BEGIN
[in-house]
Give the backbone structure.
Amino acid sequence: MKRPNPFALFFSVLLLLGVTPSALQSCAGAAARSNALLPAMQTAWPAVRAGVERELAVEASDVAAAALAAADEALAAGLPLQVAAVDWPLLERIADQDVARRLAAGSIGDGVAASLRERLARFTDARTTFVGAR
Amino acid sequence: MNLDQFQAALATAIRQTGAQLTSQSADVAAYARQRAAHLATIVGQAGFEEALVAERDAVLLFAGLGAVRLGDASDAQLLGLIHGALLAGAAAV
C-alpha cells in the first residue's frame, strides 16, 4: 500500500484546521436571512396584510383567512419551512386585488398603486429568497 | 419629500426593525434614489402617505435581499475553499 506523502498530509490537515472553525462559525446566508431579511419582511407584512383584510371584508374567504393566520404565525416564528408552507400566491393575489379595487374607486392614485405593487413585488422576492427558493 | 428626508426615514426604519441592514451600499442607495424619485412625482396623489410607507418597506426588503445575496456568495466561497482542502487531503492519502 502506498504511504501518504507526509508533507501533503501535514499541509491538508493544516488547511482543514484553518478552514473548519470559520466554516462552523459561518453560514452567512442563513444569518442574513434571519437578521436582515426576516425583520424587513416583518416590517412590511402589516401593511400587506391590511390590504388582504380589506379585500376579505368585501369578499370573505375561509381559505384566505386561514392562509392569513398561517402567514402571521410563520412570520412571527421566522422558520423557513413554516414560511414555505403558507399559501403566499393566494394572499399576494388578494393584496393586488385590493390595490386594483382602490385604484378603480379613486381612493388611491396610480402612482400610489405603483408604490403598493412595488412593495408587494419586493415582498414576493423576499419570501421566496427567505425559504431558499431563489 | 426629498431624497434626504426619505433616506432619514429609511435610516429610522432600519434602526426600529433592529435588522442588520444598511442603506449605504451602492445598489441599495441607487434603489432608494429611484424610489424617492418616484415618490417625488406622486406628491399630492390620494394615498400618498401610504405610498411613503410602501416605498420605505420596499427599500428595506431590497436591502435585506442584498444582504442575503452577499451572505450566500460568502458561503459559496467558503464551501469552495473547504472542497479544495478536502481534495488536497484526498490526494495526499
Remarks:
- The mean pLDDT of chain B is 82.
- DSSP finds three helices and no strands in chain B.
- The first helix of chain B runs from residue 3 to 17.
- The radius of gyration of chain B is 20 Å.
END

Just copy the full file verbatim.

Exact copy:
[in-house]
Give the backbone structure.
Amino acid sequence: MKRPNPFALFFSVLLLLGVTPSALQSCAGAAARSNALLPAMQTAWPAVRAGVERELAVEASDVAAAALAAADEALAAGLPLQVAAVDWPLLERIADQDVARRLAAGSIGDGVAASLRERLARFTDARTTFVGAR
Amino acid sequence: MNLDQFQAALATAIRQTGAQLTSQSADVAAYARQRAAHLATIVGQAGFEEALVAERDAVLLFAGLGAVRLGDASDAQLLGLIHGALLAGAAAV
C-alpha cells in the first residue's frame, strides 16, 4: 500500500484546521436571512396584510383567512419551512386585488398603486429568497 | 419629500426593525434614489402617505435581499475553499 506523502498530509490537515472553525462559525446566508431579511419582511407584512383584510371584508374567504393566520404565525416564528408552507400566491393575489379595487374607486392614485405593487413585488422576492427558493 | 428626508426615514426604519441592514451600499442607495424619485412625482396623489410607507418597506426588503445575496456568495466561497482542502487531503492519502 502506498504511504501518504507526509508533507501533503501535514499541509491538508493544516488547511482543514484553518478552514473548519470559520466554516462552523459561518453560514452567512442563513444569518442574513434571519437578521436582515426576516425583520424587513416583518416590517412590511402589516401593511400587506391590511390590504388582504380589506379585500376579505368585501369578499370573505375561509381559505384566505386561514392562509392569513398561517402567514402571521410563520412570520412571527421566522422558520423557513413554516414560511414555505403558507399559501403566499393566494394572499399576494388578494393584496393586488385590493390595490386594483382602490385604484378603480379613486381612493388611491396610480402612482400610489405603483408604490403598493412595488412593495408587494419586493415582498414576493423576499419570501421566496427567505425559504431558499431563489 | 426629498431624497434626504426619505433616506432619514429609511435610516429610522432600519434602526426600529433592529435588522442588520444598511442603506449605504451602492445598489441599495441607487434603489432608494429611484424610489424617492418616484415618490417625488406622486406628491399630492390620494394615498400618498401610504405610498411613503410602501416605498420605505420596499427599500428595506431590497436591502435585506442584498444582504442575503452577499451572505450566500460568502458561503459559496467558503464551501469552495473547504472542497479544495478536502481534495488536497484526498490526494495526499
Remarks:
- The mean pLDDT of chain B is 82.
- DSSP finds three helices and no strands in chain B.
- The first helix of chain B runs from residue 3 to 17.
- The radius of gyration of chain B is 20 Å.